1. Evolutionary Biology
  2. Microbiology and Infectious Disease
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An updated phylogeny of the Alphaproteobacteria reveals that the parasitic Rickettsiales and Holosporales have independent origins

  1. Sergio A Muñoz-Gómez
  2. Sebastian Hess
  3. Gertraud Burger
  4. B Franz Lang
  5. Edward Susko
  6. Claudio H Slamovits
  7. Andrew J Roger  Is a corresponding author
  1. Dalhousie University, Canada
  2. Université de Montréal, Canada
Research Article
  • Cited 8
  • Views 2,892
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Cite this article as: eLife 2019;8:e42535 doi: 10.7554/eLife.42535

Abstract

The Alphaproteobacteria is an extraordinarily diverse and ancient group of bacteria. Previous attempts to infer its deep phylogeny have been plagued with methodological artefacts. To overcome this, we analyzed a dataset of 200 single-copy and conserved genes and employed diverse strategies to reduce compositional artefacts. Such strategies include using novel dataset-specific profile mixture models and recoding schemes, and removing sites, genes and taxa that are compositionally biased. We show that the Rickettsiales and Holosporales (both groups of intracellular parasites of eukaryotes) are not sisters to each other, but instead, the Holosporales has a derived position within the Rhodospirillales. A synthesis of our results also leads to an updated proposal for the higher-level taxonomy of the Alphaproteobacteria. Our robust consensus phylogeny will serve as a framework for future studies that aim to place mitochondria, and novel environmental diversity, within the Alphaproteobacteria.

Article and author information

Author details

  1. Sergio A Muñoz-Gómez

    Department of Biochemistry and Molecular Biology, Dalhousie University, Halifax, Canada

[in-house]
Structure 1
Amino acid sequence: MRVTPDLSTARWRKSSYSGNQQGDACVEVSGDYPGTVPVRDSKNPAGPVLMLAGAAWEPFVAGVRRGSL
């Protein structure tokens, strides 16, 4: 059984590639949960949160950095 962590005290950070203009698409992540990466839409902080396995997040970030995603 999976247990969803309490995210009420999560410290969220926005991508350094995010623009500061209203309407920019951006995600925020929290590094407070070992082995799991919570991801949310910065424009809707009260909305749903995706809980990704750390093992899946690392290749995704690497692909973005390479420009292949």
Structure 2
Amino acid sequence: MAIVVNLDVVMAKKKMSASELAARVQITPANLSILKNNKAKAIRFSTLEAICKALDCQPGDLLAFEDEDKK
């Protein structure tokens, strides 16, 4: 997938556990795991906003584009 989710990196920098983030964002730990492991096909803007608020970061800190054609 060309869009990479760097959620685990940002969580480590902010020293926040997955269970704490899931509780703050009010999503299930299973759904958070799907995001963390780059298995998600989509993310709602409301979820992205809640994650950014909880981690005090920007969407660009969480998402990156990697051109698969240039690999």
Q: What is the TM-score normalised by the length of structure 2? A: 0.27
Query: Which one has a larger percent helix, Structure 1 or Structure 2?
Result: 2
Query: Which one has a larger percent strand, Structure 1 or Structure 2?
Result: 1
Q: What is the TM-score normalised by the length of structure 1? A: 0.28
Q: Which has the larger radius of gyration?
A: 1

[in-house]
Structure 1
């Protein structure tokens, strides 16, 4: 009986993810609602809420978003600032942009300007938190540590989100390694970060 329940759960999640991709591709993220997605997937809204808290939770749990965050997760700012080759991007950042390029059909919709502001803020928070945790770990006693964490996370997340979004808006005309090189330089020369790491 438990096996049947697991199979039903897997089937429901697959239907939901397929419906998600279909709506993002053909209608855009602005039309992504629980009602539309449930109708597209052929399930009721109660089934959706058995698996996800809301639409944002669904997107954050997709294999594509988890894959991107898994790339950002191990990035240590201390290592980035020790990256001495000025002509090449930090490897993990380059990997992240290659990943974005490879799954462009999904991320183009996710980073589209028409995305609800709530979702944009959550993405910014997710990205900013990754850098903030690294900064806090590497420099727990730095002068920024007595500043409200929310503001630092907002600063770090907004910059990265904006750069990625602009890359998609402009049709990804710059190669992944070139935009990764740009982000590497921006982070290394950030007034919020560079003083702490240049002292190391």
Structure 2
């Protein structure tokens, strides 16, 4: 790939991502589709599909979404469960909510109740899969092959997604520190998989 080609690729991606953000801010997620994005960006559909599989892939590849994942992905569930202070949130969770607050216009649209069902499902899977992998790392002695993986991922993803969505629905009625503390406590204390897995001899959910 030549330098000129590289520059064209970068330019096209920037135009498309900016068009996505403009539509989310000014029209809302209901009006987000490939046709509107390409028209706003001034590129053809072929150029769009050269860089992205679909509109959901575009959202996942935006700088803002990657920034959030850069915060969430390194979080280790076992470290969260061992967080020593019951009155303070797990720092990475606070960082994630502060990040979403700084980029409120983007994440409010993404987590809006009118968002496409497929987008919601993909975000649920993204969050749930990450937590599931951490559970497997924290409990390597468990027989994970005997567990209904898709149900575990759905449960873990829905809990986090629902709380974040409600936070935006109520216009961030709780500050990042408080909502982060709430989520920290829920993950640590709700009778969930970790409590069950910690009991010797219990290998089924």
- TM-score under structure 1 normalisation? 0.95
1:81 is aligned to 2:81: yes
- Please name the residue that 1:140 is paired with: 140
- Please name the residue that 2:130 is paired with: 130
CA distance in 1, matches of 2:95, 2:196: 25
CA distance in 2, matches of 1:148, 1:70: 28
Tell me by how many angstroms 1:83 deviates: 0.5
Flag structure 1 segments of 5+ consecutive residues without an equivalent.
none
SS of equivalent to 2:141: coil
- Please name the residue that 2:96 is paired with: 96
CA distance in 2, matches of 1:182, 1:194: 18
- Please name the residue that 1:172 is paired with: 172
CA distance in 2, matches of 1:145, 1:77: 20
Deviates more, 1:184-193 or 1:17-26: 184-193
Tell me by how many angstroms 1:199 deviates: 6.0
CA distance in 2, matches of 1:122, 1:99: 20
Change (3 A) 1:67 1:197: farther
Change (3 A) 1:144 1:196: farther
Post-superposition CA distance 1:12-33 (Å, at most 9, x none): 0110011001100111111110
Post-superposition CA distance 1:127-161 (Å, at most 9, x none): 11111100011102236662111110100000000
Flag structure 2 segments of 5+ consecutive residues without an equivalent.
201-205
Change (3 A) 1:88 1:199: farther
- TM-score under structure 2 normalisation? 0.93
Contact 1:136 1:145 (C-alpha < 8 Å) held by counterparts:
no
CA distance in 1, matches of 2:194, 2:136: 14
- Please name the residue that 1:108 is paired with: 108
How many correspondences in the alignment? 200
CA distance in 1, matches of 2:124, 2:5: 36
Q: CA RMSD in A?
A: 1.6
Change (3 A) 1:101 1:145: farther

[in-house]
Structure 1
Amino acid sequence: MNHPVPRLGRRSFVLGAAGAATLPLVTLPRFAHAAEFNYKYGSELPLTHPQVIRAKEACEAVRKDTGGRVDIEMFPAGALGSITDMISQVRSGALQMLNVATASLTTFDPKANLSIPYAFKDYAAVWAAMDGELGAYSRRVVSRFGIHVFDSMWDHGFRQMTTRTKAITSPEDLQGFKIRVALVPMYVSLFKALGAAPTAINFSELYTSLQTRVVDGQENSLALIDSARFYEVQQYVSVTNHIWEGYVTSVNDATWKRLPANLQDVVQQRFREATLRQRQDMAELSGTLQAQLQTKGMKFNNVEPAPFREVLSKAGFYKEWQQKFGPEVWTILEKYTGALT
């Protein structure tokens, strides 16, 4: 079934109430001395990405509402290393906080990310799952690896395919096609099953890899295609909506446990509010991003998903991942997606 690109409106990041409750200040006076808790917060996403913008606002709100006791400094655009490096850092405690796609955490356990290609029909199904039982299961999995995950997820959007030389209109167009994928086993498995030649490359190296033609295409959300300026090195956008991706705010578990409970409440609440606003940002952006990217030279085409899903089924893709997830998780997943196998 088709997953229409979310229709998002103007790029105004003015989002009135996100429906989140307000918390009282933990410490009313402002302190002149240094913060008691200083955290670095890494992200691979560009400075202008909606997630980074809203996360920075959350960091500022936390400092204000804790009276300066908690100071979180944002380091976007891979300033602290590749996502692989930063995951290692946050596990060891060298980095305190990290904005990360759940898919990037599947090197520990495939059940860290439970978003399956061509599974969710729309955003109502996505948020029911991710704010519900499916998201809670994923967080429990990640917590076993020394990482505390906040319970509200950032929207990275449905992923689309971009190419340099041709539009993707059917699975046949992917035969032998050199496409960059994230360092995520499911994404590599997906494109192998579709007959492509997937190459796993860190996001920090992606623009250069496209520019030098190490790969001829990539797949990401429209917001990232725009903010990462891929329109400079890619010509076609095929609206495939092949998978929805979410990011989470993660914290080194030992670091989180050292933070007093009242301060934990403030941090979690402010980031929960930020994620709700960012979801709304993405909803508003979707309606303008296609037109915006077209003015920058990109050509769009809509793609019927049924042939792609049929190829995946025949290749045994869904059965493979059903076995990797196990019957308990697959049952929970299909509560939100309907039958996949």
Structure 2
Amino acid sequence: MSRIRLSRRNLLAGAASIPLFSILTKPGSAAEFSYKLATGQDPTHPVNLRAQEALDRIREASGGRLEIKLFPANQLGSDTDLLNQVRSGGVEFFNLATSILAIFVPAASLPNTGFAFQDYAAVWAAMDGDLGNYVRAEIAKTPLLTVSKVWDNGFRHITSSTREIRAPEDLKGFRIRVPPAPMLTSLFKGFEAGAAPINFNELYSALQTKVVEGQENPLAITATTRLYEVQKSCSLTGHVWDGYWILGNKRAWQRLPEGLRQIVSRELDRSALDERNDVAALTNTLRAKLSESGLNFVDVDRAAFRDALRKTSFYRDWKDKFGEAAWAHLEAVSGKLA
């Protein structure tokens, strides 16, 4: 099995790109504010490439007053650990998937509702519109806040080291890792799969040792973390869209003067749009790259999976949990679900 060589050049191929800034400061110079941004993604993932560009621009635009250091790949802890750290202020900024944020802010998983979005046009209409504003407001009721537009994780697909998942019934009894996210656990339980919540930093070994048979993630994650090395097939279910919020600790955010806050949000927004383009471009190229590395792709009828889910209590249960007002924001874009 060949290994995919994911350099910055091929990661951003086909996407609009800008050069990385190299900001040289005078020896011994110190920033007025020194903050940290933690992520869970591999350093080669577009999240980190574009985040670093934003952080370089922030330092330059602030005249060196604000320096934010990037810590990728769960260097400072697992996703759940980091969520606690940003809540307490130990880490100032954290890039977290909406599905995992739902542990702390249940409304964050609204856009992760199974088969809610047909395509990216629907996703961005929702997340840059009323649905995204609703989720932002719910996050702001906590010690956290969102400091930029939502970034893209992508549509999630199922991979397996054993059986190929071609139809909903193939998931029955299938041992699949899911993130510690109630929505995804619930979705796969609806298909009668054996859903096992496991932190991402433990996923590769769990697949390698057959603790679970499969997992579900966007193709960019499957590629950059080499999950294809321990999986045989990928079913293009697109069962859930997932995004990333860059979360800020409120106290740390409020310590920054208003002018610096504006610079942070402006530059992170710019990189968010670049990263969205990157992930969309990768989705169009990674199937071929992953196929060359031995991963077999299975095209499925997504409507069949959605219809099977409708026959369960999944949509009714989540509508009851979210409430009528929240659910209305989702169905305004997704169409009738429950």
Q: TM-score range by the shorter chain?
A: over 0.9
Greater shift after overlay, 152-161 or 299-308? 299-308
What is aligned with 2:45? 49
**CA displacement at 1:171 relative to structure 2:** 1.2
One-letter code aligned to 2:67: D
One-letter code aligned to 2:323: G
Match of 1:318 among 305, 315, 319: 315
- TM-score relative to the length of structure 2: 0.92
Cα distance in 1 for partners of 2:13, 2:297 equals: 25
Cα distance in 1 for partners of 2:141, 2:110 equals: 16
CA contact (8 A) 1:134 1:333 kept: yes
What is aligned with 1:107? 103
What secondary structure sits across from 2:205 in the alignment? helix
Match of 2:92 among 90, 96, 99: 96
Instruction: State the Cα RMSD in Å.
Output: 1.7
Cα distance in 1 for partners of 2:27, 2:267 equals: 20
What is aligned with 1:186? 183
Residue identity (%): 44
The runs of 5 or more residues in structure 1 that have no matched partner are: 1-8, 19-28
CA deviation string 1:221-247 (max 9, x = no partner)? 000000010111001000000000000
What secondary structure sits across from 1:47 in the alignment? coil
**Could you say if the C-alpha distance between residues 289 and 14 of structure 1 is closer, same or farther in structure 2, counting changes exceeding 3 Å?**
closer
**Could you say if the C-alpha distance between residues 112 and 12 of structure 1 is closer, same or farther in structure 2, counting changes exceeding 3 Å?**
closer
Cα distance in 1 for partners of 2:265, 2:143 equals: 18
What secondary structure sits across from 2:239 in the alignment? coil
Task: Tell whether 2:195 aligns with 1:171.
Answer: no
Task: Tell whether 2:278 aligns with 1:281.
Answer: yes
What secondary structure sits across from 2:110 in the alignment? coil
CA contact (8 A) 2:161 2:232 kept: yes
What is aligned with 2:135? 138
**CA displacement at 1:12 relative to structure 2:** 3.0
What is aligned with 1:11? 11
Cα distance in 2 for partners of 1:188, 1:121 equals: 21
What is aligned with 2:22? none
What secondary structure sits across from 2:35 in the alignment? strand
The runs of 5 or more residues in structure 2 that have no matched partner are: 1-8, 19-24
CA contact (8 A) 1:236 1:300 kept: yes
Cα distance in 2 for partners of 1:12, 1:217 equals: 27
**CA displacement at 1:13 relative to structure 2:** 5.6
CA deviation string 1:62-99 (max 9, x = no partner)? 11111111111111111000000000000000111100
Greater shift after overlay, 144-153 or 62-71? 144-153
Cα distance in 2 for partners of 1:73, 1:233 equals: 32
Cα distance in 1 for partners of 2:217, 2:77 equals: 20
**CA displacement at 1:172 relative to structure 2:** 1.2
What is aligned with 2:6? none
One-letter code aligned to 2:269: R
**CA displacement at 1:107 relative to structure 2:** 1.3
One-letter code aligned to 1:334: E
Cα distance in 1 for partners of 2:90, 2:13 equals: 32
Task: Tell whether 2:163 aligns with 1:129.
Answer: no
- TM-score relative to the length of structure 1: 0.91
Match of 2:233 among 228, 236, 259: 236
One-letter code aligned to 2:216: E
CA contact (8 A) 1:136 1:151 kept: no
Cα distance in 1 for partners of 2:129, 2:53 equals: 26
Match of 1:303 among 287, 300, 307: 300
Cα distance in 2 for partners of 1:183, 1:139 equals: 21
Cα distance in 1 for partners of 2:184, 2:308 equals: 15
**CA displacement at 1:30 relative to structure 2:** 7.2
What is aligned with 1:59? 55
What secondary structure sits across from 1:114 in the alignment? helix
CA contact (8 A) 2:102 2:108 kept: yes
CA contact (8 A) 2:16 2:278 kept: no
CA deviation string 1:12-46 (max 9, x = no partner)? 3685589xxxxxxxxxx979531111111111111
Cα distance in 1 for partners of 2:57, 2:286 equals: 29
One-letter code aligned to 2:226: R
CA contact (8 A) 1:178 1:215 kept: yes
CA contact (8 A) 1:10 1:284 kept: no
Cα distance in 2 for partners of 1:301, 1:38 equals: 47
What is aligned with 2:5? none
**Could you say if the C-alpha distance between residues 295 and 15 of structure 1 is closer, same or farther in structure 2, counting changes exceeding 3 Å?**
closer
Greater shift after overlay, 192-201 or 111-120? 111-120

Competing interests
    The authors declare that no competing interests exist.
  2. Sebastian Hess

    Department of Biochemistry and Molecular Biology, Dalhousie University, Halifax, Canada
    Competing interests
    The authors declare that no competing interests exist.
  3. Gertraud Burger

    Department of Biochemistry, Université de Montréal, Montreal, Canada
    Competing interests
    The authors declare that no competing interests exist.
  4. B Franz Lang

    Department of Biochemistry, Université de Montréal, Montreal, Canada
    Competing interests
    The authors declare that no competing interests exist.
  5. Edward Susko

    Centre for Comparative Genomics and Evolutionary Bioinformatics, Dalhousie University, Halifax, Canada
    Competing interests
    The authors declare that no competing interests exist.
  6. Claudio H Slamovits

    Department of Biochemistry and Molecular Biology, Dalhousie University, Halifax, Canada
    Competing interests
    The authors declare that no competing interests exist.
  7. Andrew J Roger

    Department of Biochemistry and Molecular Biology, Dalhousie University, Halifax, Canada
    For correspondence
    Andrew.Roger@Dal.Ca
    Competing interests
    The authors declare that no competing interests exist.
    ORCID icon "This ORCID iD identifies the author of this article:" 0000-0003-1370-9820

Funding

Natural Sciences and Engineering Research Council of Canada

  • Gertraud Burger
  • B Franz Lang
  • Claudio H Slamovits
  • Andrew J Roger

Killam Trusts

  • Sergio A Muñoz-Gómez

The funders had no role in study design, data collection and interpretation, or the decision to submit the work for publication.

Reviewing Editor

  1. Antonis Rokas, Vanderbilt University, United States

Publication history

  1. Received: October 3, 2018
  2. Accepted: February 21, 2019
  3. Accepted Manuscript published: February 21, 2019 (version 1)
  4. Accepted Manuscript updated: February 22, 2019 (version 2)
  5. Accepted Manuscript updated: February 25, 2019 (version 3)
  6. Version of Record published: April 3, 2019 (version 4)

Copyright

© 2019, Muñoz-Gómez et al.

This article is distributed under the terms of the Creative Commons Attribution License permitting unrestricted use and redistribution provided that the original author and source are credited.

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